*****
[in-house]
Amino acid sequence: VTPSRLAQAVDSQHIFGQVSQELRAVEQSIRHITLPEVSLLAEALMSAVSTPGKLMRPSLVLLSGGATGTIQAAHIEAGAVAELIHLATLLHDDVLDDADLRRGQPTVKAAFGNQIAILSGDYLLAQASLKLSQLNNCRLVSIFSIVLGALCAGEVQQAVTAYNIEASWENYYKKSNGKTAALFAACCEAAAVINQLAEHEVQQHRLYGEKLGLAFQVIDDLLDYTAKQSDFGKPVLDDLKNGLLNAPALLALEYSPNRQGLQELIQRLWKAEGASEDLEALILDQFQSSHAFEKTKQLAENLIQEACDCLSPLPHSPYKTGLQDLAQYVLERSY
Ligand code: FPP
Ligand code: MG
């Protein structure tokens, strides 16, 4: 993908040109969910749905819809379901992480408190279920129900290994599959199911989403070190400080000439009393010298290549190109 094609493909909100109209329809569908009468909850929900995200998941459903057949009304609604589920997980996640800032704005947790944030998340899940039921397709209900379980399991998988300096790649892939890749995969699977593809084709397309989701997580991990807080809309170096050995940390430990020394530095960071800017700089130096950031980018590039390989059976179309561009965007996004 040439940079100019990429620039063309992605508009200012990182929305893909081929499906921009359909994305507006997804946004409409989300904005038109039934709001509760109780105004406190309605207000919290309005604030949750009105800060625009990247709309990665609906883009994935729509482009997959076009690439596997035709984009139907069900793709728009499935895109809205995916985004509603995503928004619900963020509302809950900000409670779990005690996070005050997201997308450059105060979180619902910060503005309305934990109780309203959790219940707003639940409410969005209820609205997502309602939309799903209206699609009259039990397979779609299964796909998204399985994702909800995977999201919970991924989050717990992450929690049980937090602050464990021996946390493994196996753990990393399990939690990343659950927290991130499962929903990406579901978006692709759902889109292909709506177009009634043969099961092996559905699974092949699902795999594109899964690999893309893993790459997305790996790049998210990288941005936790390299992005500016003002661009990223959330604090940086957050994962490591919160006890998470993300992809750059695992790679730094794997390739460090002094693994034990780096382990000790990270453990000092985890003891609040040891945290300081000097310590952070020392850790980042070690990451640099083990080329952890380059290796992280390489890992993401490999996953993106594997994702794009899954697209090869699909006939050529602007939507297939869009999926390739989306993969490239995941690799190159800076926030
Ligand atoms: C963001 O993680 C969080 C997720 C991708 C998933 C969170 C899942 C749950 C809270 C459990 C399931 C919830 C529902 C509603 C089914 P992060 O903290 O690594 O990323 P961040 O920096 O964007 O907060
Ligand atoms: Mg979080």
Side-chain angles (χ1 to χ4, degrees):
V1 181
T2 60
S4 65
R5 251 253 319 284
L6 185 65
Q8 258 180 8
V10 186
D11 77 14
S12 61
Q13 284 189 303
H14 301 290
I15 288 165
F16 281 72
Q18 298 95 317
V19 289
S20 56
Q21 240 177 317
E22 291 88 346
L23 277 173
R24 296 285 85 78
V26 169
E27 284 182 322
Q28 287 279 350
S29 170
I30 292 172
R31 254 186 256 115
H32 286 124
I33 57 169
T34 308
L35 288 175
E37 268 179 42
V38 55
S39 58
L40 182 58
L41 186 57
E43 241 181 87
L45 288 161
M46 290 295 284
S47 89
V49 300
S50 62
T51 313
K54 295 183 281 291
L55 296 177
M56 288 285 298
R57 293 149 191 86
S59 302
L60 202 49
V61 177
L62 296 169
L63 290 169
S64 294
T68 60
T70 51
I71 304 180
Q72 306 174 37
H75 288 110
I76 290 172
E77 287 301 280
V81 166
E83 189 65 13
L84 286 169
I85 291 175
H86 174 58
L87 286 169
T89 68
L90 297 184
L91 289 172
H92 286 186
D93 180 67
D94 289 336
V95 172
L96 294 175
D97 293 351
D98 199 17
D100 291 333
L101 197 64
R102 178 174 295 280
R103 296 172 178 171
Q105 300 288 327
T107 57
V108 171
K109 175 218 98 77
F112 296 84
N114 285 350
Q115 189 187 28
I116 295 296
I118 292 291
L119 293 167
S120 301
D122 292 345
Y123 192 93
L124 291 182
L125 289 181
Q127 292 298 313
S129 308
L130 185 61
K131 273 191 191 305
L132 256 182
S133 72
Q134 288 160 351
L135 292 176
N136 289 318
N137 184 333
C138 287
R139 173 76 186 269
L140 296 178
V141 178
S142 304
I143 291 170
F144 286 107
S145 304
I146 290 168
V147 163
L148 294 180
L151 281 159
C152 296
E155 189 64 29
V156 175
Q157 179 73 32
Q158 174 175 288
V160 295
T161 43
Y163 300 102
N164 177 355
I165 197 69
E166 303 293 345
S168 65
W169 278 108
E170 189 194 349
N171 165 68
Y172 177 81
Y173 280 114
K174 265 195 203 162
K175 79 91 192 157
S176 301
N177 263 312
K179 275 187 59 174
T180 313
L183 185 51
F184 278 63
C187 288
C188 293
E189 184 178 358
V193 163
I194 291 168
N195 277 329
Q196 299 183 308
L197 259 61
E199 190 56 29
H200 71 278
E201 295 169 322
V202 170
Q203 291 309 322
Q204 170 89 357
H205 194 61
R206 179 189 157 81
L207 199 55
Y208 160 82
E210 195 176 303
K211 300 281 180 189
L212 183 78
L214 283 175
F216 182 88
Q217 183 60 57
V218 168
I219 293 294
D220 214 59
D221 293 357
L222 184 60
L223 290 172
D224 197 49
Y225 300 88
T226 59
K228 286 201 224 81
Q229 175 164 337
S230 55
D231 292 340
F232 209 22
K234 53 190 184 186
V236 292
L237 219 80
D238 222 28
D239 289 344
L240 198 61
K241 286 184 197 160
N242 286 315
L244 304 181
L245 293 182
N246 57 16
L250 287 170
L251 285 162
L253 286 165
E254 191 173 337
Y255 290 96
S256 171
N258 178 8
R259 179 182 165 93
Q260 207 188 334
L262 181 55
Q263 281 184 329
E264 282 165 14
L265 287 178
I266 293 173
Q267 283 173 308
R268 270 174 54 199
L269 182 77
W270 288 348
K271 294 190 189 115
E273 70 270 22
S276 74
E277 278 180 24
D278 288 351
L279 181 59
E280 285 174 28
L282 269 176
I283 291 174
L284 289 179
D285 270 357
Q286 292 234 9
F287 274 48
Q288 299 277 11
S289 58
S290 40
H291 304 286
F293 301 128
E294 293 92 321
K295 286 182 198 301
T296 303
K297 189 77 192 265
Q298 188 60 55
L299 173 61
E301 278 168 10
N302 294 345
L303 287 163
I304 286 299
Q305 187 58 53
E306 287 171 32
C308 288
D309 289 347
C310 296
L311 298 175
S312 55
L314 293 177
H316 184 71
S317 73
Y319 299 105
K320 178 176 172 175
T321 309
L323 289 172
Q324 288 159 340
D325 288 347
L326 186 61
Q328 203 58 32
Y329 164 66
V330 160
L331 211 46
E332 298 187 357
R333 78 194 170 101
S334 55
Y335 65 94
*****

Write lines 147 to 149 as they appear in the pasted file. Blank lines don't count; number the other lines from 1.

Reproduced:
T180 313
L183 185 51
F184 278 63